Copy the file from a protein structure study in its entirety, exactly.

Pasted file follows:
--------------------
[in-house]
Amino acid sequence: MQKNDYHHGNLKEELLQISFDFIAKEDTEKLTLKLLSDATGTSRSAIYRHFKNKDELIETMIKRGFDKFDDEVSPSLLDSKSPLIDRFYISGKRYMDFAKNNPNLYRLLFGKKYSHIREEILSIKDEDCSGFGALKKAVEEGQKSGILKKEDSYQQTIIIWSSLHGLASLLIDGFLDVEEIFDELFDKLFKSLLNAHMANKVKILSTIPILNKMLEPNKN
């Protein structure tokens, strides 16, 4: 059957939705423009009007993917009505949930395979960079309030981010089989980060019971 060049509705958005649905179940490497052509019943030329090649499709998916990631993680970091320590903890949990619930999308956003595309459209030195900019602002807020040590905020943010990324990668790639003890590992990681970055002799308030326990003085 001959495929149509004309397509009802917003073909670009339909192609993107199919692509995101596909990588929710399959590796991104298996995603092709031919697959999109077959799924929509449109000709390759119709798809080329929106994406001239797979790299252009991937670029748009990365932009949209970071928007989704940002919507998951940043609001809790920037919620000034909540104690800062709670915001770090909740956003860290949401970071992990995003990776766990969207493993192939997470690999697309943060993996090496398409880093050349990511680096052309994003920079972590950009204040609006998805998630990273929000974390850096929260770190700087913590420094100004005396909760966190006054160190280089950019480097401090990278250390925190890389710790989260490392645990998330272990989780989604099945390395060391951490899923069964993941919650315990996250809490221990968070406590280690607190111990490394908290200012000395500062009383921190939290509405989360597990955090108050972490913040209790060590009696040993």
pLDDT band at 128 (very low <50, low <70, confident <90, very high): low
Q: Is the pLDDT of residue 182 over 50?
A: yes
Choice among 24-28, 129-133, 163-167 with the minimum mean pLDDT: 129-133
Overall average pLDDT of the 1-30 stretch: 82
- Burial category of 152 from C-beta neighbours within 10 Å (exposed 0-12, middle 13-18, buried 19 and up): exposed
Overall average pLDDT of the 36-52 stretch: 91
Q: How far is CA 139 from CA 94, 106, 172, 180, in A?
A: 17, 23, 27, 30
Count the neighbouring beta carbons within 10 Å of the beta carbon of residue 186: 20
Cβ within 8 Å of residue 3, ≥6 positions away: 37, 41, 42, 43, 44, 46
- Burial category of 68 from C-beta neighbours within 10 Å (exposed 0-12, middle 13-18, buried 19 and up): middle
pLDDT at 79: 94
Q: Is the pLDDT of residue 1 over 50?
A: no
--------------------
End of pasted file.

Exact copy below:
[in-house]
Amino acid sequence: MQKNDYHHGNLKEELLQISFDFIAKEDTEKLTLKLLSDATGTSRSAIYRHFKNKDELIETMIKRGFDKFDDEVSPSLLDSKSPLIDRFYISGKRYMDFAKNNPNLYRLLFGKKYSHIREEILSIKDEDCSGFGALKKAVEEGQKSGILKKEDSYQQTIIIWSSLHGLASLLIDGFLDVEEIFDELFDKLFKSLLNAHMANKVKILSTIPILNKMLEPNKN
């Protein structure tokens, strides 16, 4: 059957939705423009009007993917009505949930395979960079309030981010089989980060019971 060049509705958005649905179940490497052509019943030329090649499709998916990631993680970091320590903890949990619930999308956003595309459209030195900019602002807020040590905020943010990324990668790639003890590992990681970055002799308030326990003085 001959495929149509004309397509009802917003073909670009339909192609993107199919692509995101596909990588929710399959590796991104298996995603092709031919697959999109077959799924929509449109000709390759119709798809080329929106994406001239797979790299252009991937670029748009990365932009949209970071928007989704940002919507998951940043609001809790920037919620000034909540104690800062709670915001770090909740956003860290949401970071992990995003990776766990969207493993192939997470690999697309943060993996090496398409880093050349990511680096052309994003920079972590950009204040609006998805998630990273929000974390850096929260770190700087913590420094100004005396909760966190006054160190280089950019480097401090990278250390925190890389710790989260490392645990998330272990989780989604099945390395060391951490899923069964993941919650315990996250809490221990968070406590280690607190111990490394908290200012000395500062009383921190939290509405989360597990955090108050972490913040209790060590009696040993």
pLDDT band at 128 (very low <50, low <70, confident <90, very high): low
Q: Is the pLDDT of residue 182 over 50?
A: yes
Choice among 24-28, 129-133, 163-167 with the minimum mean pLDDT: 129-133
Overall average pLDDT of the 1-30 stretch: 82
- Burial category of 152 from C-beta neighbours within 10 Å (exposed 0-12, middle 13-18, buried 19 and up): exposed
Overall average pLDDT of the 36-52 stretch: 91
Q: How far is CA 139 from CA 94, 106, 172, 180, in A?
A: 17, 23, 27, 30
Count the neighbouring beta carbons within 10 Å of the beta carbon of residue 186: 20
Cβ within 8 Å of residue 3, ≥6 positions away: 37, 41, 42, 43, 44, 46
- Burial category of 68 from C-beta neighbours within 10 Å (exposed 0-12, middle 13-18, buried 19 and up): middle
pLDDT at 79: 94
Q: Is the pLDDT of residue 1 over 50?
A: no